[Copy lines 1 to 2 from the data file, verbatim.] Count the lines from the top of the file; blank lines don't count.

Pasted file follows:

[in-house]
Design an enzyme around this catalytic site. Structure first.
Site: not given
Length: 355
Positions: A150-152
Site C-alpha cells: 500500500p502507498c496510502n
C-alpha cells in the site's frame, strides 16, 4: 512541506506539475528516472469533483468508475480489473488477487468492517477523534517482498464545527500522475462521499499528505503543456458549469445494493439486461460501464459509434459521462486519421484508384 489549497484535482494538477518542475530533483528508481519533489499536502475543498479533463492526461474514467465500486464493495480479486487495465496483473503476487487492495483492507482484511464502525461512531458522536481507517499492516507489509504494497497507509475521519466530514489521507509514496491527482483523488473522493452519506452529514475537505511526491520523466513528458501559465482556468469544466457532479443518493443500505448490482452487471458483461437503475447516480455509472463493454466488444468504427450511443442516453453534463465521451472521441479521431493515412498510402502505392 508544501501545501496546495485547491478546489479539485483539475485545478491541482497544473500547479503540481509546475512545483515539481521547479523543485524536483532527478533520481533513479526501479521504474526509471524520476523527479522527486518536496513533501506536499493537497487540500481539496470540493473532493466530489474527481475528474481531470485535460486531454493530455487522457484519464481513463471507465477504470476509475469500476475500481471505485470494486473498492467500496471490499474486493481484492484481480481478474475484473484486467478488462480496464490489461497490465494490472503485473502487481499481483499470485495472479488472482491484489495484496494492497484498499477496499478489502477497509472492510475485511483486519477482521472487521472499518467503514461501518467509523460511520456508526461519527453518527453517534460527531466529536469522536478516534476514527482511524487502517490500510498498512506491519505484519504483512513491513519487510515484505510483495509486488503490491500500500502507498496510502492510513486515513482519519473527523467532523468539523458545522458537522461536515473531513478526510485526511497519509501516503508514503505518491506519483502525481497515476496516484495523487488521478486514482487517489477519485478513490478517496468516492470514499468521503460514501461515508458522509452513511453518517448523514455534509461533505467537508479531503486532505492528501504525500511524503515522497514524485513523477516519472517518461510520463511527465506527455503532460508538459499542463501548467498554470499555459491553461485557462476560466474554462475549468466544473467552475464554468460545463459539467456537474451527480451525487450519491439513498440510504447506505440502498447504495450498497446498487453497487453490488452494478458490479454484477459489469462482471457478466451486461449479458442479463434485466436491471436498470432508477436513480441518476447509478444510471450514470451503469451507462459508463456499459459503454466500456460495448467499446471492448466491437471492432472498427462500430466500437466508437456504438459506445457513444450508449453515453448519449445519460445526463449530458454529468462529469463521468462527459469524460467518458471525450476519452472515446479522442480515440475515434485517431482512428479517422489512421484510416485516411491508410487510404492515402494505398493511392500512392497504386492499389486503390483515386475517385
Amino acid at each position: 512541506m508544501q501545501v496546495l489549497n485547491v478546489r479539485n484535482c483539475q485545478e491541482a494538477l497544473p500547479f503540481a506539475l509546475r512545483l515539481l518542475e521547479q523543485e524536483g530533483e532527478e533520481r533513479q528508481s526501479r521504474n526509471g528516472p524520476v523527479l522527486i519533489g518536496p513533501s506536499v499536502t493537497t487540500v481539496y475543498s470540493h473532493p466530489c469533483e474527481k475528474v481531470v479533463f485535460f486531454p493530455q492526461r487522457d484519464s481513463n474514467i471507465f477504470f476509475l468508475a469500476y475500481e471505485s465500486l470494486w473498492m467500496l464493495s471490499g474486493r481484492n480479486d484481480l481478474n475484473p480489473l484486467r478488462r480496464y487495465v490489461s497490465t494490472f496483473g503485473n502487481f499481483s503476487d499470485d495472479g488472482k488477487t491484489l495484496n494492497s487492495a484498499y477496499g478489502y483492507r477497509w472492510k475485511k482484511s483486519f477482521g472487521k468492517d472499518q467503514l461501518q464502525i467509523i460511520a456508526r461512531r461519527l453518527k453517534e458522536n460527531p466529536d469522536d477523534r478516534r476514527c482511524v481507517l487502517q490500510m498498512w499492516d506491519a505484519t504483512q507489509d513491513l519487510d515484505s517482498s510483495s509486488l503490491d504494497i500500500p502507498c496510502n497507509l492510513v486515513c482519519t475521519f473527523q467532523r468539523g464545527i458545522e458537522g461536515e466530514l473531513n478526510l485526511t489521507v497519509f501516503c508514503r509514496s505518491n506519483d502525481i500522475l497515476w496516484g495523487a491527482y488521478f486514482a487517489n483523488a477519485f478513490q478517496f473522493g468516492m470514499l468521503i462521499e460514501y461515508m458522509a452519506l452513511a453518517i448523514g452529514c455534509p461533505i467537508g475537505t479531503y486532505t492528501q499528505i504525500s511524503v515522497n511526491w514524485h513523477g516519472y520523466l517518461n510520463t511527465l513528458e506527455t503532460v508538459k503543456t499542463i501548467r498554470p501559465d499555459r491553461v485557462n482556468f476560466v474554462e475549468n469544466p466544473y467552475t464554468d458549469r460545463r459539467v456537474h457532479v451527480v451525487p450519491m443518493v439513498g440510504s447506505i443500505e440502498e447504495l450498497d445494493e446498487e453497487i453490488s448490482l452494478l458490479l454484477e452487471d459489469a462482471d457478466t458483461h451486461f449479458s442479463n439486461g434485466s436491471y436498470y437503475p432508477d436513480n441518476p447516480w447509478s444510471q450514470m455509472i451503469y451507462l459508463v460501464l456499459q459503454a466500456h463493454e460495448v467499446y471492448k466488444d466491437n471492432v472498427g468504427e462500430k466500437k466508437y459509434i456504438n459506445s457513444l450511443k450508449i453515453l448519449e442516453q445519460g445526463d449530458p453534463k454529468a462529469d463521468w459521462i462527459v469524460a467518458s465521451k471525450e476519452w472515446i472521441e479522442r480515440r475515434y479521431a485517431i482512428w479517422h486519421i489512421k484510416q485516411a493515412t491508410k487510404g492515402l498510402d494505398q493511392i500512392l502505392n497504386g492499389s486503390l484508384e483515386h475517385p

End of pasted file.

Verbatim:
[in-house]
Design an enzyme around this catalytic site. Structure first.